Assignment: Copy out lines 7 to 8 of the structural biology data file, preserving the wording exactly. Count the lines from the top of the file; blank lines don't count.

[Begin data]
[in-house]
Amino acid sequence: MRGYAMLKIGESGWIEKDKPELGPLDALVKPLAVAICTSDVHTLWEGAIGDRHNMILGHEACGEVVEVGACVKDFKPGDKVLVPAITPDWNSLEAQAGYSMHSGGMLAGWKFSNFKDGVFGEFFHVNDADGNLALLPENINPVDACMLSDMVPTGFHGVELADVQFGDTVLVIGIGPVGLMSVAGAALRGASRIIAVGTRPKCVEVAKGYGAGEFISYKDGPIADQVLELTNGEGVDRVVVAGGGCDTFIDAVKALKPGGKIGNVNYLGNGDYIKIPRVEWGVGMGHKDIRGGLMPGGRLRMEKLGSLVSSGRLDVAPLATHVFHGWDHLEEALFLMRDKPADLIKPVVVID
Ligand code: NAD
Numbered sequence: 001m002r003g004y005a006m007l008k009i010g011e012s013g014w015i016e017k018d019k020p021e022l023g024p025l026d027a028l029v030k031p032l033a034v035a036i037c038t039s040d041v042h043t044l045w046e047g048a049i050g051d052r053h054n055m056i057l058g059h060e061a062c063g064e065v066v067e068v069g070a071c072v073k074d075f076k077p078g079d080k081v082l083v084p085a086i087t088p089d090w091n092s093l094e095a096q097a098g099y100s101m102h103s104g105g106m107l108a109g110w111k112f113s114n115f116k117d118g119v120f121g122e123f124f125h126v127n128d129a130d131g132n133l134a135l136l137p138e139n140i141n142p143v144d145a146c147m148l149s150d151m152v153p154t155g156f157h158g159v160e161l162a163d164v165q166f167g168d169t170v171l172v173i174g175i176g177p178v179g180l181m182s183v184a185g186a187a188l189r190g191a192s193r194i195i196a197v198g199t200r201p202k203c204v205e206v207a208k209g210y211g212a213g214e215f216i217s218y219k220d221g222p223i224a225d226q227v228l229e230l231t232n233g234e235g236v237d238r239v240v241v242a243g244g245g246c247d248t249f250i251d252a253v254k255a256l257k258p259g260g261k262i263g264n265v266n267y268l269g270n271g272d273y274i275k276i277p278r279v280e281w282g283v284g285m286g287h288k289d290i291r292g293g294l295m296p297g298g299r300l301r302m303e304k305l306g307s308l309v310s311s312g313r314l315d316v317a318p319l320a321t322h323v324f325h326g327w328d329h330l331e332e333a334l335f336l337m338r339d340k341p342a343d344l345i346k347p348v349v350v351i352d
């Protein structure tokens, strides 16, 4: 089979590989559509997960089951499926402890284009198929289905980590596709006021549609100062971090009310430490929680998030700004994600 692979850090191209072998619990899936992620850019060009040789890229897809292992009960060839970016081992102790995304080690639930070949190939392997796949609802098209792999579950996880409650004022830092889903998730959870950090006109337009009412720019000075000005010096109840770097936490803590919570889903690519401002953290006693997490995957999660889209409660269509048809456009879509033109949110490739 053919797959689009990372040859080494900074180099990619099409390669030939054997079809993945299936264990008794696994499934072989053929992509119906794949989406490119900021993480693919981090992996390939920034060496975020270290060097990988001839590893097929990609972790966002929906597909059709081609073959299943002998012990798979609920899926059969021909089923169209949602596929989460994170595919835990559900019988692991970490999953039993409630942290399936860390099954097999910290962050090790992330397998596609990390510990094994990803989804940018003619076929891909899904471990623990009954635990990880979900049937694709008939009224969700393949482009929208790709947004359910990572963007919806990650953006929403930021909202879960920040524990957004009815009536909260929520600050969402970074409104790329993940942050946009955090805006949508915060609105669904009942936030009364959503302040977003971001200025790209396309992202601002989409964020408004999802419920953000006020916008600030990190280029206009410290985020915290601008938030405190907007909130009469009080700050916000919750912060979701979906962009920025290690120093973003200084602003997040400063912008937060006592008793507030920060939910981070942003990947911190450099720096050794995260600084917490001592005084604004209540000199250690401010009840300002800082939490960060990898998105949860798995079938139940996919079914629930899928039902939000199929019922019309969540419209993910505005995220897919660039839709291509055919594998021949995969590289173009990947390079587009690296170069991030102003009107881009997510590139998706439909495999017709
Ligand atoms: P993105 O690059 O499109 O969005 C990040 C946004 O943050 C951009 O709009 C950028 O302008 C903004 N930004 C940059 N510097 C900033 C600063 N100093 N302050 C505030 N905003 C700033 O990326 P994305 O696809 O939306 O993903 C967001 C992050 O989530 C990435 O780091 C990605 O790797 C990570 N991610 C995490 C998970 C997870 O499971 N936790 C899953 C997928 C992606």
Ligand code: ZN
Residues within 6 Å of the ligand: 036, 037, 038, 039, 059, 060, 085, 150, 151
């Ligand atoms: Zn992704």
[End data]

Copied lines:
Ligand code: ZN
Residues within 6 Å of the ligand: 036, 037, 038, 039, 059, 060, 085, 150, 151